Significance of Active Growth Faulting On Marsh Accretion Processes in the Lower Pearl River, Louisiana

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Marine Science


Ocean Science and Engineering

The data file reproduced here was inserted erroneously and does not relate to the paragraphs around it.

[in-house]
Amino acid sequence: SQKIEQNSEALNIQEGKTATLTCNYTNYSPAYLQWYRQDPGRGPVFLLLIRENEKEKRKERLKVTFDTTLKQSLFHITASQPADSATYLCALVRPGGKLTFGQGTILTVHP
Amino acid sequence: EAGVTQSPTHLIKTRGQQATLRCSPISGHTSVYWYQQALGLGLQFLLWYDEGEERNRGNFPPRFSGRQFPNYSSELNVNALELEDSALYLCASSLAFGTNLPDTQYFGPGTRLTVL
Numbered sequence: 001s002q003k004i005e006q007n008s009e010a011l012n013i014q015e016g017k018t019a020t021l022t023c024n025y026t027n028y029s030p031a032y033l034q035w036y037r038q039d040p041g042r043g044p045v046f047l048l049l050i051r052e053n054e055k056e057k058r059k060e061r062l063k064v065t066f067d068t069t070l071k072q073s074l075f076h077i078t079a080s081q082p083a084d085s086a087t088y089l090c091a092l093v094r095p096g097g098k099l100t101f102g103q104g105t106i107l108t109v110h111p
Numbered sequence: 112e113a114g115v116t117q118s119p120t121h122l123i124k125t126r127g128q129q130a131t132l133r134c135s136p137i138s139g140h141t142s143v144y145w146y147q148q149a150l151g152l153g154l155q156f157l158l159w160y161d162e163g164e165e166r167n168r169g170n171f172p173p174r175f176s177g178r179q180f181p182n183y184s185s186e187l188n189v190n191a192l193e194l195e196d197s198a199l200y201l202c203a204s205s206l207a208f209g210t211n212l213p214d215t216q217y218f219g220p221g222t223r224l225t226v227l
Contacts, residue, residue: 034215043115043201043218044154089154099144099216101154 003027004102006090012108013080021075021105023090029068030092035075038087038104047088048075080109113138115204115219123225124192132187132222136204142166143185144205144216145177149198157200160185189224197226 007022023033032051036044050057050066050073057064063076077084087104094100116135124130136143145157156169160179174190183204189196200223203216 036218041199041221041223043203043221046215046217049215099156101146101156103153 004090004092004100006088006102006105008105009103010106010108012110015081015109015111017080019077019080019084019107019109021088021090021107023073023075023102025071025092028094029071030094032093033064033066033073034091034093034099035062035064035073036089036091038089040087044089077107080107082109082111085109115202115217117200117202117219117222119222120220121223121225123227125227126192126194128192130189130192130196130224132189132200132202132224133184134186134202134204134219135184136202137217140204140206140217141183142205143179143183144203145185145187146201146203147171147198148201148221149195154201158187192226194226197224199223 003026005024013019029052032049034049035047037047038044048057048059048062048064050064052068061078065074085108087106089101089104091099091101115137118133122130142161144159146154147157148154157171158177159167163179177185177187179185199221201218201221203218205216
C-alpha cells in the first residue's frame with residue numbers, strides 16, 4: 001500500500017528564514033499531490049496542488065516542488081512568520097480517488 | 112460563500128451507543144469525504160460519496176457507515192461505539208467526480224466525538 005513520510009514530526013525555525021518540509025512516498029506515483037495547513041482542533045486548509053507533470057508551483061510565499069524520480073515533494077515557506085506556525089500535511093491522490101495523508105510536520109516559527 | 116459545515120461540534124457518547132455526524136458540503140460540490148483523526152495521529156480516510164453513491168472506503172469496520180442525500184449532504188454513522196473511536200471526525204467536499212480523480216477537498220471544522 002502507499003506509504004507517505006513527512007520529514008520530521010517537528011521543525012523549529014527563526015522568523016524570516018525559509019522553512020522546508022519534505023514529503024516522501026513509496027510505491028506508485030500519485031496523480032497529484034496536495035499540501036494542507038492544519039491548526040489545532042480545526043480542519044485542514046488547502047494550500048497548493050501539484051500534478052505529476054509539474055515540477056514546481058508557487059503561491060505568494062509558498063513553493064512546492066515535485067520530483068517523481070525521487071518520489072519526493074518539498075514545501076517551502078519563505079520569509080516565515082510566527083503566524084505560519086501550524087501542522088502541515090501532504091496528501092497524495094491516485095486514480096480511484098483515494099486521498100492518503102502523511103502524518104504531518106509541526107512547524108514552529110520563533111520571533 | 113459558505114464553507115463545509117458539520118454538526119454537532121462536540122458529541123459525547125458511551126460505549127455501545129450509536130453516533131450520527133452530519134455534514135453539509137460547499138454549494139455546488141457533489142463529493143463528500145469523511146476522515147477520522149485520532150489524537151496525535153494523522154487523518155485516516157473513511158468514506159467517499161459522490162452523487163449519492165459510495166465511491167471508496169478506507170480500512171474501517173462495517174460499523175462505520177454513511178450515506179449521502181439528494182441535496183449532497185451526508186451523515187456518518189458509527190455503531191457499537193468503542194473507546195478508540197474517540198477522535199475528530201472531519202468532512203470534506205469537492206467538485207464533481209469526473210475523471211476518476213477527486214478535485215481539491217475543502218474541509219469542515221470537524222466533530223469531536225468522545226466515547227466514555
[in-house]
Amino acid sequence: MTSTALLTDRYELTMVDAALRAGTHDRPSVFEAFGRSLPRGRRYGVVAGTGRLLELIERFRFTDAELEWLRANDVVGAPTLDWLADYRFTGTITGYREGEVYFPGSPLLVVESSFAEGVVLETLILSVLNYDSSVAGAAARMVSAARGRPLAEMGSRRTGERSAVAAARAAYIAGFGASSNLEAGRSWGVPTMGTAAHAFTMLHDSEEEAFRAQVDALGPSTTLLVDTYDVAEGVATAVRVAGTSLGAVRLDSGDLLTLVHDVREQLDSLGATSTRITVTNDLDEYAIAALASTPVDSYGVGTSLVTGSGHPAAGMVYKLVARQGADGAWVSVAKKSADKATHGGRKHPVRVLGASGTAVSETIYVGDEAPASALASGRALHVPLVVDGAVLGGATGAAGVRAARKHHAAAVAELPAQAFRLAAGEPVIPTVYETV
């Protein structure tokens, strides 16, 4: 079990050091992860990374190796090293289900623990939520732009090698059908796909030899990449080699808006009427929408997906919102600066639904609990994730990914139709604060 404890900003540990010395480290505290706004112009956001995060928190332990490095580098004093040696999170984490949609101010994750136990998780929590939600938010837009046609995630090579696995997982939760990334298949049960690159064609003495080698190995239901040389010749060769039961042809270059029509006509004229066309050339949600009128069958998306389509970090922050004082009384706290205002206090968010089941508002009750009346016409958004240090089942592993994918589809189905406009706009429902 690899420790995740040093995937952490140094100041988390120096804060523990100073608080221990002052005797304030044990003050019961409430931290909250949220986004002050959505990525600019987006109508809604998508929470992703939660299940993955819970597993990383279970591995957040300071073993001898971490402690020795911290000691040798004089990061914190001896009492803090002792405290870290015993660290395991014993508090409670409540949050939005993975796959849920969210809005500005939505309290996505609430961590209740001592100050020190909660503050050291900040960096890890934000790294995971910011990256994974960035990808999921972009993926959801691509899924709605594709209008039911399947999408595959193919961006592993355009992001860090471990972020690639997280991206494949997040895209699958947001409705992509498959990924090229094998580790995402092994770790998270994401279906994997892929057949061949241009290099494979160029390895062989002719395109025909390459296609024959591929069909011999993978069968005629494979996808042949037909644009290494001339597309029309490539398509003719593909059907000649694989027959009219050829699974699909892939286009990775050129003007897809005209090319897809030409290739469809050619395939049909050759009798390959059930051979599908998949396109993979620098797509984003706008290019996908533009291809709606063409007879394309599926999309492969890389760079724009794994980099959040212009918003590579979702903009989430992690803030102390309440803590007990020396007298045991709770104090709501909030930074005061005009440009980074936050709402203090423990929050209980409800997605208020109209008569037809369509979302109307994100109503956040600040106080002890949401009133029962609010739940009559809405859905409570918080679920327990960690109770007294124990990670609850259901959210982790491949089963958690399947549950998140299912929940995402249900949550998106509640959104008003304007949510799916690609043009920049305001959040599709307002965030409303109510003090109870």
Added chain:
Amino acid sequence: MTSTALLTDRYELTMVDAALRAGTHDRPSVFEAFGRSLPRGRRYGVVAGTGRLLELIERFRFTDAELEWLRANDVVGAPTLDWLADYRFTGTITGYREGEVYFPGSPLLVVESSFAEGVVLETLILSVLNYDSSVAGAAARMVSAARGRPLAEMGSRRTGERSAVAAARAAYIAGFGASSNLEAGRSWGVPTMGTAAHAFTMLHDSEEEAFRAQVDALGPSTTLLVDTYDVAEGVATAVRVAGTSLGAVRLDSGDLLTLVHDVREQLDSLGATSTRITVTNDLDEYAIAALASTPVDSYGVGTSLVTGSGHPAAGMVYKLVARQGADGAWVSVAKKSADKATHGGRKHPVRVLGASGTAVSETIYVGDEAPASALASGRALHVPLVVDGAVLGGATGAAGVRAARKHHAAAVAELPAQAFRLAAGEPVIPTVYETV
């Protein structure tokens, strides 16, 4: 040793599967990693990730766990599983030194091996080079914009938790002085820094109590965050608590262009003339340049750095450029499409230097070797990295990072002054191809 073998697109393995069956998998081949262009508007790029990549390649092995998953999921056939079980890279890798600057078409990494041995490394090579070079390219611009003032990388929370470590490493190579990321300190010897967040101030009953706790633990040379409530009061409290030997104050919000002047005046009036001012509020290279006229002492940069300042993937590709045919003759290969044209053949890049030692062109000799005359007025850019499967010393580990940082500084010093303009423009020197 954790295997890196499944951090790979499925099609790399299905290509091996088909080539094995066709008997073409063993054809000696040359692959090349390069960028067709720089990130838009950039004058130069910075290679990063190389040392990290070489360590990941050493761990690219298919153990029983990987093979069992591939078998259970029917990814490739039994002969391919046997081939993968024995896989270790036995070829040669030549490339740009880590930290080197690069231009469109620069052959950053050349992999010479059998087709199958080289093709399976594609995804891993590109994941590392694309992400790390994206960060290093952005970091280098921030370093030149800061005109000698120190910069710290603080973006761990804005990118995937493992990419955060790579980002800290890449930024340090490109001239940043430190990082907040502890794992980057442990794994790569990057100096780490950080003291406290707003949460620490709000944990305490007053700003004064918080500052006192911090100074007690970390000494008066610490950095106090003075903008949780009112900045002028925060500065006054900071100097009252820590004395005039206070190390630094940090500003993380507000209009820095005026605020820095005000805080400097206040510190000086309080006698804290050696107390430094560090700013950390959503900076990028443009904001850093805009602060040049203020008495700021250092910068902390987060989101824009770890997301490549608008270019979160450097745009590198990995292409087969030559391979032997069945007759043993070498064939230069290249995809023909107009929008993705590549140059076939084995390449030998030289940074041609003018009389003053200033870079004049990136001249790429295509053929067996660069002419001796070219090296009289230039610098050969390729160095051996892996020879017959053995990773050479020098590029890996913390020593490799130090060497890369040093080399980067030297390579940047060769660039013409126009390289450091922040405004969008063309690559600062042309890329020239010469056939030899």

Neotectonic processes influence marsh accretion in the lower Pearl River valley. Active growth faults are suggested by groupings of ponded river channel sections, transverse and linear river channel sections, and down- and across-valley contrasts in channel sinuosity. Seismic profiles identified several likely, fault-induced structural anomalies, two of which parallel the axes of surface distributary networks. Lithostratigraphy and biostratigraphy of six cores from across a suspected fault in the West Middle River, combined with 14C-based age control, yielded evidence of vertical offsets, indicating that this river section is on the plane of a growth fault. These data were used to estimate fault slip rates over two time intervals, 1.2 mm/y over the last 1300 yr. and 0.2 mm yr-1 over the last 3700 yr, and delineated a sinusoidal pattern of deformation moving distally from the fault, which we interpret as resulting from fault-propagation folding. Higher rates of sediment accumulation (of the order of cm yr-1 from 210Pbxs and 137Cs activity data) on the down-thrown side are consistent with sedimentary response to increased accommodation space, and mass-based sediment accumulation rates (g cm-2 yr-1) exhibit a pattern inverse of that shown by fault-driven sinusoidal deformation. We contend that near-surface growth faults are critically important to driving accretion rates and marsh response to sea-level rise. (C) 2012 Elsevier B.V. All rights reserved.

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